What is Tier 4 and what are the rules?

WITH Covid cases continuing to rise in various areas around England, the current rules in the three-tier system may not be enough.

Spikes in coronavirus infections in London, and in parts of Essex and Hertfordshire saw them all move to the very high alert level – but is a new Tier 4 on the way?

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What is Tier 4?

With coronavirus cases continuing to rise and the upcoming Christmas break, stricter rules are likely to be implemented.

A third national lockdown is a possibility, but an extra – and tougher – Tier 4 could be introduced for the worst-affected areas.

Tier 4, or Tier 3 Plus as it has been called before, has already been discussedwithin the Government with Health Secretary Matt Hancock among the supporters for stricter restrictions.

When could Tier 4 be introduced?

Should Tier 4 be introduced, it would likely be after the Christmas break.

The nation is set to see rules and restrictions relaxed significantly for the festive period – which could lead to a huge rise in infections.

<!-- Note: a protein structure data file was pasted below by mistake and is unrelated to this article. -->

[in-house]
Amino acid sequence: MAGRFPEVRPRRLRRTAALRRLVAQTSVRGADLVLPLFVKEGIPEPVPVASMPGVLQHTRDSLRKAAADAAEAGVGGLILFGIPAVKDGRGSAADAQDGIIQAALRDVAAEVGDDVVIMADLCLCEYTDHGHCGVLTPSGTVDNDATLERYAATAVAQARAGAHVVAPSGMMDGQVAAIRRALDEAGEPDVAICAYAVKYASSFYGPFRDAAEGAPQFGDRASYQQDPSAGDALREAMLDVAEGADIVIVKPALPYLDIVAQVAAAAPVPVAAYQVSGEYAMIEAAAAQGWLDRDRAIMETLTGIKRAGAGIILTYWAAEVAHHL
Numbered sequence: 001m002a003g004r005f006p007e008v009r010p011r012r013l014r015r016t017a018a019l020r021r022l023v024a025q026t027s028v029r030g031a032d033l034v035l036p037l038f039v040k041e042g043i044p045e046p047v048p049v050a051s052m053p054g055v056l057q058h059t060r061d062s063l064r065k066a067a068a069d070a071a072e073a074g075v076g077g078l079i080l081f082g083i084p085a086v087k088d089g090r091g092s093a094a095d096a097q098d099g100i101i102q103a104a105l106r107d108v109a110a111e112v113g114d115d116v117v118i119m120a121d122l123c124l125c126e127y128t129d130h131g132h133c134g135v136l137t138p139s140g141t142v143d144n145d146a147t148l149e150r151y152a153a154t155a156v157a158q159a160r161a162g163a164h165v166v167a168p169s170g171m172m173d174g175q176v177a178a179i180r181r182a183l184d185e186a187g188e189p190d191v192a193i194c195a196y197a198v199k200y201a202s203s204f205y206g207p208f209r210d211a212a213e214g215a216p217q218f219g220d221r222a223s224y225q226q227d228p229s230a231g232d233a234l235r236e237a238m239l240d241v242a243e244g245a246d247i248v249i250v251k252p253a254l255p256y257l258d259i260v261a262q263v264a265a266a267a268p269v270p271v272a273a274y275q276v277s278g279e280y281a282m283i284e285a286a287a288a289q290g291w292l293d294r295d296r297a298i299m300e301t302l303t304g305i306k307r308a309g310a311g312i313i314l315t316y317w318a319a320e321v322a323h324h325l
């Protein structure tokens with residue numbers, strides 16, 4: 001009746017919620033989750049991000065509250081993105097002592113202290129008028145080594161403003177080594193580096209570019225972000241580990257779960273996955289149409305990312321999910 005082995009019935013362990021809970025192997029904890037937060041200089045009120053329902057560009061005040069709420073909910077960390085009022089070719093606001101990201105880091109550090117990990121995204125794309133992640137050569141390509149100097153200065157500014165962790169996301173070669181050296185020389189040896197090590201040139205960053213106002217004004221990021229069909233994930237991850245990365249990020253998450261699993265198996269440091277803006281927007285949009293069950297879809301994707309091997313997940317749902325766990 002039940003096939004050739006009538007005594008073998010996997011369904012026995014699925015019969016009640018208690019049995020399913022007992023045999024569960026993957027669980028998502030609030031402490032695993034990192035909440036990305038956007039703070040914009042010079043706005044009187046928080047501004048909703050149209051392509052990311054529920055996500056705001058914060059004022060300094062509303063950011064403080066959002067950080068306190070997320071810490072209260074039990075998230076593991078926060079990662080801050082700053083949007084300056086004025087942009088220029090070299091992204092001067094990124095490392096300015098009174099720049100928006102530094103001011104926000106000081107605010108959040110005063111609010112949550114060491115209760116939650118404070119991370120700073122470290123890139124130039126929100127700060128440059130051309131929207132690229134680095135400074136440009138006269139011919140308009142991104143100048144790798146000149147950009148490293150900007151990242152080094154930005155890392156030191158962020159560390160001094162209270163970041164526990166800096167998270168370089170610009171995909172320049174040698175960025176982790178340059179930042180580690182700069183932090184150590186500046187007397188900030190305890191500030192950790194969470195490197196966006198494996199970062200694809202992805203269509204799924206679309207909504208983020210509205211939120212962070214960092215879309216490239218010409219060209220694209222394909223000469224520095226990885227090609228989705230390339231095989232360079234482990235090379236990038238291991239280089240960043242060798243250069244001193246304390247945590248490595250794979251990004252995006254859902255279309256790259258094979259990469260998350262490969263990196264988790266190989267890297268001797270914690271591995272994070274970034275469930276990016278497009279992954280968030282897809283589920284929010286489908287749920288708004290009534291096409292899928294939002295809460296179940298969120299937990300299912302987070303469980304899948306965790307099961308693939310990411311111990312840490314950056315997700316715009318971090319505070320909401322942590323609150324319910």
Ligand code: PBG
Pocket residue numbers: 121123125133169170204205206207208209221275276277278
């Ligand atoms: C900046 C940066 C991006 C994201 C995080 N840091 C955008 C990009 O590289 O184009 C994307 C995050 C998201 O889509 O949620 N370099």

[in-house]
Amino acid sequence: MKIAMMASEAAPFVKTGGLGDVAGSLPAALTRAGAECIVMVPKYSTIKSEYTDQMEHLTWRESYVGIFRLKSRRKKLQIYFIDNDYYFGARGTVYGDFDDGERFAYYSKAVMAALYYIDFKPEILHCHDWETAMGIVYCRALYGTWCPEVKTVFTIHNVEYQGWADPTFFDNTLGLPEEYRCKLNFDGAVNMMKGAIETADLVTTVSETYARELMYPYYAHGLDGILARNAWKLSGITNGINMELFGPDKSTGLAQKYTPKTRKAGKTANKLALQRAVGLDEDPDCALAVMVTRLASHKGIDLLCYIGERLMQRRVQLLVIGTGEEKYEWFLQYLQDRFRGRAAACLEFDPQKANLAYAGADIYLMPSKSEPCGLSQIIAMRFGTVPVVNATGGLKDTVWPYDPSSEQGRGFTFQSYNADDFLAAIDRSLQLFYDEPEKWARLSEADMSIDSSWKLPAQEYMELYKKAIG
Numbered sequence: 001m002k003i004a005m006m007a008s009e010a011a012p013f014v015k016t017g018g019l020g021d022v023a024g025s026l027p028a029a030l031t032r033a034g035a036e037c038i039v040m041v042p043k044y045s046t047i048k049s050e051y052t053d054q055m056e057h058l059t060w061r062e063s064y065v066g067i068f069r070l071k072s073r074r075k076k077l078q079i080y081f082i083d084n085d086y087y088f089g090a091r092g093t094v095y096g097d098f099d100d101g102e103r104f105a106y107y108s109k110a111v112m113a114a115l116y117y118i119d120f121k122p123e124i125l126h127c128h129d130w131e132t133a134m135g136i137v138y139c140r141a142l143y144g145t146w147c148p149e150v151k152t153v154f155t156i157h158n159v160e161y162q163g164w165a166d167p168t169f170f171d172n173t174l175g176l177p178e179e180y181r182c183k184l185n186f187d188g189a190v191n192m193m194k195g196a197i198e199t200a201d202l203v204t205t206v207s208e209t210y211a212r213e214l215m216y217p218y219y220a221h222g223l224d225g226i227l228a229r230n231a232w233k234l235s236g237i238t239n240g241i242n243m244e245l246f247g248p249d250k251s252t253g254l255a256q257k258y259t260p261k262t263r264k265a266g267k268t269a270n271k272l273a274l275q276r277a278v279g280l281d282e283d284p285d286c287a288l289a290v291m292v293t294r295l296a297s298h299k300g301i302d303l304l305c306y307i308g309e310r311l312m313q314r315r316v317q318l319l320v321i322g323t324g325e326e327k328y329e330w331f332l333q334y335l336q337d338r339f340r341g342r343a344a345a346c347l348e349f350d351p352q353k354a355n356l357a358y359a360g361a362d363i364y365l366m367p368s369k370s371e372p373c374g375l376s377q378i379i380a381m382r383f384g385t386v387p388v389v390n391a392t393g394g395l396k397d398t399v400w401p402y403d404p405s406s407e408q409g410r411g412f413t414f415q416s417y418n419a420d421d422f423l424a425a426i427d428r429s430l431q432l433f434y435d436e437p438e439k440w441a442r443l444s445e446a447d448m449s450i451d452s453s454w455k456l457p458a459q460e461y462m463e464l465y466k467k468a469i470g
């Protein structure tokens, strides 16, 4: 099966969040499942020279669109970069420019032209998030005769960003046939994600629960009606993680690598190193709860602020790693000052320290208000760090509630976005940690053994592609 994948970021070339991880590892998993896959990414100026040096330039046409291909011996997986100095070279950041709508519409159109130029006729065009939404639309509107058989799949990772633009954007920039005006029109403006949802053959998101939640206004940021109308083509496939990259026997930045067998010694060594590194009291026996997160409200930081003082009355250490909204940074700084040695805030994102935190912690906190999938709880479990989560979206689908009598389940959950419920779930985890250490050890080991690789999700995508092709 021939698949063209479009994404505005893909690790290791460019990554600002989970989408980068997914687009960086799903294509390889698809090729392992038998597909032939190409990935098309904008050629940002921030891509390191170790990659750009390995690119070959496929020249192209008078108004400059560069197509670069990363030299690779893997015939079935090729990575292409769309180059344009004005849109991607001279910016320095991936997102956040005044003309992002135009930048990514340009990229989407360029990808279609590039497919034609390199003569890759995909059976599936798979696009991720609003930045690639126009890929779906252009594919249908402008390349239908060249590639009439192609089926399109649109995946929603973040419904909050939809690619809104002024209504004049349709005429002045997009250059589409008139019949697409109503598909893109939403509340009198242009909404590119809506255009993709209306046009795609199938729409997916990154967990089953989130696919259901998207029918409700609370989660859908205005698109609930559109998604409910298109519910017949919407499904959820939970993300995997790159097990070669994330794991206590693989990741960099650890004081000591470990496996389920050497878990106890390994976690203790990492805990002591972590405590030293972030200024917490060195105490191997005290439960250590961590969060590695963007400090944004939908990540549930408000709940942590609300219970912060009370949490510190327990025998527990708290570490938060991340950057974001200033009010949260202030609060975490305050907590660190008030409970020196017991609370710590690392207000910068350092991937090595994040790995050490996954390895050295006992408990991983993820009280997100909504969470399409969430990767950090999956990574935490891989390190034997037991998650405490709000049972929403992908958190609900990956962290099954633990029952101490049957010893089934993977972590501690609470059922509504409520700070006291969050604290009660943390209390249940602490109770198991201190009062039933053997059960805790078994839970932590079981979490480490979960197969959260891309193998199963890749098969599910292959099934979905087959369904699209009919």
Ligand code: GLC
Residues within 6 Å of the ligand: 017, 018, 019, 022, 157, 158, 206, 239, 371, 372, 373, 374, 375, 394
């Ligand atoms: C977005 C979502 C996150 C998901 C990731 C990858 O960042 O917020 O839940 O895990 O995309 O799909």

In a bid to prevent a third national lockdown, an extra tier would be introduced for those suffering with a further increase in cases.

What Tier 4 rules could be introduced?

The biggest changes from Tier 3 to Tier 4 would be the closure of non-essential shops and increased self-isolation.

A Whitehall official told The Times: "There is a case for going further than Tier 3 and it is getting stronger.

"[That could mean] closure of non-essential retail, stay at home orders.

"That would have to be actively considered in conversation with the local authority."

Chancellor Rishi Sunak is expected to among those against closing further businesses as he looks to keep the economy afloat.

Schools could also be affected after the Department for Education published a four-tier structure in August, in which all educational institutions – including primary schools and early years settings – would shut in the top tier.

Which areas could rise to Tier 4?

Only those areas with the highest R rate and most infections per 100,000 people would fall in the top tier.

Kent is among the most at risk, with data on December 17 revealing that Medway has 772.2 cases per 100,000 people, while Ashford jumped from 280.7 to 626.8.

The R rate in the East of England also remains higher than the national average at 1.2 to 1.4.

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